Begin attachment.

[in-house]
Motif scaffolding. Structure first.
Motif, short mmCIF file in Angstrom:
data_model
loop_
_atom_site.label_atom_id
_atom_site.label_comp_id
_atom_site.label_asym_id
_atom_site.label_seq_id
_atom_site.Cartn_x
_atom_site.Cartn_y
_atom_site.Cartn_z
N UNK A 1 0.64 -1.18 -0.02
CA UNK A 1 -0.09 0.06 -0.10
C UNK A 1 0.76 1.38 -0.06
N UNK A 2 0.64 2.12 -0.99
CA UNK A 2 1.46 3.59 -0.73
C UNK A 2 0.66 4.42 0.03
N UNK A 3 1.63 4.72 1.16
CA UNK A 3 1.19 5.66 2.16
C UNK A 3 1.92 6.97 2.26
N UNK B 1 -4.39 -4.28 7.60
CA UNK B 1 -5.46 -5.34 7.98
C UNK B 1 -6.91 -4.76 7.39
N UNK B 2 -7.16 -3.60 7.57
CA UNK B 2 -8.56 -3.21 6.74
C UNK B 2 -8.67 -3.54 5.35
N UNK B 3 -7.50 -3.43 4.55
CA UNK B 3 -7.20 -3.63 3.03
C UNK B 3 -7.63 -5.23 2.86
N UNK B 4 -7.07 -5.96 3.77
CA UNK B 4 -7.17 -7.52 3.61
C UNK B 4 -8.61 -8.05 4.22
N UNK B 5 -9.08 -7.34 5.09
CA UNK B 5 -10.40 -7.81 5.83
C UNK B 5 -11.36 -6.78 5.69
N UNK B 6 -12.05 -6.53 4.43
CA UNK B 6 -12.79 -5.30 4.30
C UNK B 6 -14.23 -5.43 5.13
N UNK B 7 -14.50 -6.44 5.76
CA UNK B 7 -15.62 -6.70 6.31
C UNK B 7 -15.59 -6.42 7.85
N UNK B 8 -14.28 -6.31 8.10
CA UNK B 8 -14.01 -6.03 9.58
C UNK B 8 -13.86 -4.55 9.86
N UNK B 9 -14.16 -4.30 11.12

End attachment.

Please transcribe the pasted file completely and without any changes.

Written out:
[in-house]
Motif scaffolding. Structure first.
Motif, short mmCIF file in Angstrom:
data_model
loop_
_atom_site.label_atom_id
_atom_site.label_comp_id
_atom_site.label_asym_id
_atom_site.label_seq_id
_atom_site.Cartn_x
_atom_site.Cartn_y
_atom_site.Cartn_z
N UNK A 1 0.64 -1.18 -0.02
CA UNK A 1 -0.09 0.06 -0.10
C UNK A 1 0.76 1.38 -0.06
N UNK A 2 0.64 2.12 -0.99
CA UNK A 2 1.46 3.59 -0.73
C UNK A 2 0.66 4.42 0.03
N UNK A 3 1.63 4.72 1.16
CA UNK A 3 1.19 5.66 2.16
C UNK A 3 1.92 6.97 2.26
N UNK B 1 -4.39 -4.28 7.60
CA UNK B 1 -5.46 -5.34 7.98
C UNK B 1 -6.91 -4.76 7.39
N UNK B 2 -7.16 -3.60 7.57
CA UNK B 2 -8.56 -3.21 6.74
C UNK B 2 -8.67 -3.54 5.35
N UNK B 3 -7.50 -3.43 4.55
CA UNK B 3 -7.20 -3.63 3.03
C UNK B 3 -7.63 -5.23 2.86
N UNK B 4 -7.07 -5.96 3.77
CA UNK B 4 -7.17 -7.52 3.61
C UNK B 4 -8.61 -8.05 4.22
N UNK B 5 -9.08 -7.34 5.09
CA UNK B 5 -10.40 -7.81 5.83
C UNK B 5 -11.36 -6.78 5.69
N UNK B 6 -12.05 -6.53 4.43
CA UNK B 6 -12.79 -5.30 4.30
C UNK B 6 -14.23 -5.43 5.13
N UNK B 7 -14.50 -6.44 5.76
CA UNK B 7 -15.62 -6.70 6.31
C UNK B 7 -15.59 -6.42 7.85
N UNK B 8 -14.28 -6.31 8.10
CA UNK B 8 -14.01 -6.03 9.58
C UNK B 8 -13.86 -4.55 9.86
N UNK B 9 -14.16 -4.30 11.12